Documents Needed for Extension

You must submit I-94 cards for yourself and any family members you have brought with you. (Canadian visitors do not usually get I-94 cards. You should also submit proof of the relationship between you and accompanying family members. You may verify a parent/child relationship by presenting the child’s long form birth certificate. Many countries, including Canada and England, issue both short- and long-form birth certificates.

Where both are available, the long-form is needed because it contains the names of the parents while the short form does not. If you are accompanied by your spouse, you must establish that you are lawfully married by showing a civil marriage certificate. Church certificates are generally unacceptable. (There are a few exceptions, depending on the laws of your particular country. Canadians, for example, may use church certificates if the marriage took place in Quebec Province, but not elsewhere. If a civil certificate is available, however, you should always use it.)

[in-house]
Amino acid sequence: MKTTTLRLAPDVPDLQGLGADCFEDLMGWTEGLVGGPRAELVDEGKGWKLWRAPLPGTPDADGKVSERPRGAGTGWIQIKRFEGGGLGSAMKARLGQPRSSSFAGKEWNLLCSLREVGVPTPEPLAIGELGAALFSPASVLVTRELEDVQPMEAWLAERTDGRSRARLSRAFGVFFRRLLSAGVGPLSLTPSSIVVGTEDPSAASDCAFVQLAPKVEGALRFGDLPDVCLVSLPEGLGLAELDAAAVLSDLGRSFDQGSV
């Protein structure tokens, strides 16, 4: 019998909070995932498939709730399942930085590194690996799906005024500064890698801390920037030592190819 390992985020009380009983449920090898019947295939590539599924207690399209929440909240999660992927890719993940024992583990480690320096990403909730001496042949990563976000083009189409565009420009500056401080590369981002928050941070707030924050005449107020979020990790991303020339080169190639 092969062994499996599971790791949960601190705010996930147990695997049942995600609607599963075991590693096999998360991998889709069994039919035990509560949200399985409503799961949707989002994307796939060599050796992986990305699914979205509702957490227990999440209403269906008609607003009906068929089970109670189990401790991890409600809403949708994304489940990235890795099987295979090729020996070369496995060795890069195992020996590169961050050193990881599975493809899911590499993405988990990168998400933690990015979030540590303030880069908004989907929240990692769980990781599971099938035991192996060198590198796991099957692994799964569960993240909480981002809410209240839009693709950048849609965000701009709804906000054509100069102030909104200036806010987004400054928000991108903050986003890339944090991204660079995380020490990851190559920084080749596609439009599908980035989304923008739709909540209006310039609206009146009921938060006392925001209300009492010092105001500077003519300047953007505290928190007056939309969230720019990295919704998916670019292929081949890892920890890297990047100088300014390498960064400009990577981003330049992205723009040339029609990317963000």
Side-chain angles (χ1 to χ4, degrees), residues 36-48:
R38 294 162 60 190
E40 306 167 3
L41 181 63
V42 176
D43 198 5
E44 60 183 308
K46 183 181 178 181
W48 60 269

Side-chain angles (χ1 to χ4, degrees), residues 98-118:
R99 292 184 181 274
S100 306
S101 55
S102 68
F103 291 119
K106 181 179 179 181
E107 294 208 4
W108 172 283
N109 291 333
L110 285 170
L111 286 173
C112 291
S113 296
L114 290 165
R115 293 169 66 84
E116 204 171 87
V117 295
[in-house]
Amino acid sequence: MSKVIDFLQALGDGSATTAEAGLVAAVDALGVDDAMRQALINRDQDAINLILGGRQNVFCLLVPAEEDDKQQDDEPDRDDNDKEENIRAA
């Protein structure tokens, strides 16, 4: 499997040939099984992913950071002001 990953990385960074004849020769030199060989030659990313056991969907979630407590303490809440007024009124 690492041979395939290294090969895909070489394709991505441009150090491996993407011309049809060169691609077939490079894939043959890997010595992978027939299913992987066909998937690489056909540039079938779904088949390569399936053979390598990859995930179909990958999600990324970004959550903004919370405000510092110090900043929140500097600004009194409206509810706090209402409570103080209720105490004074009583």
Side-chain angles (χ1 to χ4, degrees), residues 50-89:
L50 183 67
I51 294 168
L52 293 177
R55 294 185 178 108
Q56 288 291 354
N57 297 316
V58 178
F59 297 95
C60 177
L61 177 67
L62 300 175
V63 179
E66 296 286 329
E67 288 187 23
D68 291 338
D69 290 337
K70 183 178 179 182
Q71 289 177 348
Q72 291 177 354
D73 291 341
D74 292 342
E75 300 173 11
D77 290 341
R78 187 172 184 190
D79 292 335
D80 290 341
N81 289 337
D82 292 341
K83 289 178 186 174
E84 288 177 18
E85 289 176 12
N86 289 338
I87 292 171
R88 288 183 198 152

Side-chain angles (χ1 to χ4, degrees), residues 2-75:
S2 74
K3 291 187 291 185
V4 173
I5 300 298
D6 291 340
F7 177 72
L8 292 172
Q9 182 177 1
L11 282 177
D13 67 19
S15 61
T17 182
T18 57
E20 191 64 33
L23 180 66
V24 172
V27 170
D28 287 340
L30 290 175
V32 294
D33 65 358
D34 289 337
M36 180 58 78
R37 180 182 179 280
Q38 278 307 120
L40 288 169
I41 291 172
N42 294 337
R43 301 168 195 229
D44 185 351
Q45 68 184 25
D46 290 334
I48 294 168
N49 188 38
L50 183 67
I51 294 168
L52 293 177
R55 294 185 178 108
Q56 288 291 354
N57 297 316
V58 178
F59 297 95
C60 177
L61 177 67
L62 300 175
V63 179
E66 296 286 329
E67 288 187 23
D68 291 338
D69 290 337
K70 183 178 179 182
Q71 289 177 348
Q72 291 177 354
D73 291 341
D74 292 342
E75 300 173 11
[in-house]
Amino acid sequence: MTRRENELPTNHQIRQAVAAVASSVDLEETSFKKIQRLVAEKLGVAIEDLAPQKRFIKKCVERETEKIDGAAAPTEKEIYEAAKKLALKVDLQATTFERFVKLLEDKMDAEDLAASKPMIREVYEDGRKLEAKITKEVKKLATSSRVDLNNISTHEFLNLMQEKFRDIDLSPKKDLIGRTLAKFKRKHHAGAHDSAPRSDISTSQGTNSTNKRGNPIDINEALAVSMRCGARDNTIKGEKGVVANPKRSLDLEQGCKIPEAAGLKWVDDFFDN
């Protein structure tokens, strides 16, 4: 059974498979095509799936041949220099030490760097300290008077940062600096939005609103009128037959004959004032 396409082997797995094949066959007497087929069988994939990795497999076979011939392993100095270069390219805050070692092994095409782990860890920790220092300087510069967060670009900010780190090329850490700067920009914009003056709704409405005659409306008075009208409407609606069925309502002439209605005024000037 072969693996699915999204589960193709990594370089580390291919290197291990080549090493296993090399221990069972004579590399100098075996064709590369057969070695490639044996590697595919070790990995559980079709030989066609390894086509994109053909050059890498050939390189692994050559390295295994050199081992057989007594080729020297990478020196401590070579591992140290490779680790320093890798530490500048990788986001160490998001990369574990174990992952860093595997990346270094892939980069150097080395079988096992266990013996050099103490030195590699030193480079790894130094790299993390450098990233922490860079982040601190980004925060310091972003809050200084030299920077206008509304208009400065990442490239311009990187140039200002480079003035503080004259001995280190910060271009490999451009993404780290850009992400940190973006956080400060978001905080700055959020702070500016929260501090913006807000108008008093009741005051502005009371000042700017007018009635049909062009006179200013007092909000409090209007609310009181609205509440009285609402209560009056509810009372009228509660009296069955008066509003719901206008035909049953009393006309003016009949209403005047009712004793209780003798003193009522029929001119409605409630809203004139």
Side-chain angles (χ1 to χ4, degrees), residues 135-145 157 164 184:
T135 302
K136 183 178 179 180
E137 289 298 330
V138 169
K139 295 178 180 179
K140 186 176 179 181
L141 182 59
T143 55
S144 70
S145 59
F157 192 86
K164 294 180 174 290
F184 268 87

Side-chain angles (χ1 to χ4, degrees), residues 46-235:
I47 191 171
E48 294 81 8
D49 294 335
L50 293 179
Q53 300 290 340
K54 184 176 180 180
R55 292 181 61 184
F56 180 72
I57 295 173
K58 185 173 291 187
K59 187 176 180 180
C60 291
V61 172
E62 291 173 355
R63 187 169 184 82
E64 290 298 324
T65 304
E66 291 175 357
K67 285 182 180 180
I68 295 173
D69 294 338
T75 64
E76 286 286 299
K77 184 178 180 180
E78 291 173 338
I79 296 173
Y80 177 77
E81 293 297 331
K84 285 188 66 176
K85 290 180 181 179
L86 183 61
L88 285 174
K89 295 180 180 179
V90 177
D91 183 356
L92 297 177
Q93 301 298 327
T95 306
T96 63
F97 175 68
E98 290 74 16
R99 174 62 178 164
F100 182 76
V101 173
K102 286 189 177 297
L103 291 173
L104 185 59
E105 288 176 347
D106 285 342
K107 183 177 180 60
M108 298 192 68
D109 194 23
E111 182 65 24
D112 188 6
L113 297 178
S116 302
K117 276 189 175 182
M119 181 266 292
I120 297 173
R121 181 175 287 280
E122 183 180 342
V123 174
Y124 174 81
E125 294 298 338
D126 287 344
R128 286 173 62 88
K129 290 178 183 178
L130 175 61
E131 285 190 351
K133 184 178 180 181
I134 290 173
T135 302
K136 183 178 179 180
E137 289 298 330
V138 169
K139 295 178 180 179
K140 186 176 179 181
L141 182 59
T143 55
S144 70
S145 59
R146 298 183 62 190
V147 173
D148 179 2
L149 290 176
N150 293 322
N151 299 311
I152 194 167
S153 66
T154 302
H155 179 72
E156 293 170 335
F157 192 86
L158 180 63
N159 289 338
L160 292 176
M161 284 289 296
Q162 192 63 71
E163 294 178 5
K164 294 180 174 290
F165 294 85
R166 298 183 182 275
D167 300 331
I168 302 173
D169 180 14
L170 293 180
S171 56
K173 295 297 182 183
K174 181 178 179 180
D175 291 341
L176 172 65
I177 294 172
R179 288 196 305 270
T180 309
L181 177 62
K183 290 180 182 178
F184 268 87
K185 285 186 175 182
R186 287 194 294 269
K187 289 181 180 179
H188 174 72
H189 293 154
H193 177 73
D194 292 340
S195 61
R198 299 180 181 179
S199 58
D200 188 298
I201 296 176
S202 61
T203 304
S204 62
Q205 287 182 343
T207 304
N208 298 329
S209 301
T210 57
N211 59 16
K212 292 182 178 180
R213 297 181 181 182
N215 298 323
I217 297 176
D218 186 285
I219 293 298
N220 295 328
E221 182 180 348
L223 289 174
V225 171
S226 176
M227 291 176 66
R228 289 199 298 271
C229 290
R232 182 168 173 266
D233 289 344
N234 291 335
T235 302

You may have married in a country where marriages are not usually recorded. Tribal areas of Africa are an example. In such situations, call the nearest consulate or embassy of your home country for help with getting acceptable proof of marriage.

If you are a business visitor, you should include a letter from your foreign employer explaining why you need the extension of stay. If you are a tourist, you should, again, submit evidence that you do not need to work by showing proof of your own income and assets. Bank statements or personal financial statements are the best documents for this purpose. Alternatively, if you will be visiting a friend or relative in the U.S. who is a U.S. citizen or green card holder, you may have your relative complete INS Form I-134, Affidavit of Support. These are only some of the requirements. Please call our office for your free consultation with an immigration lawyer.

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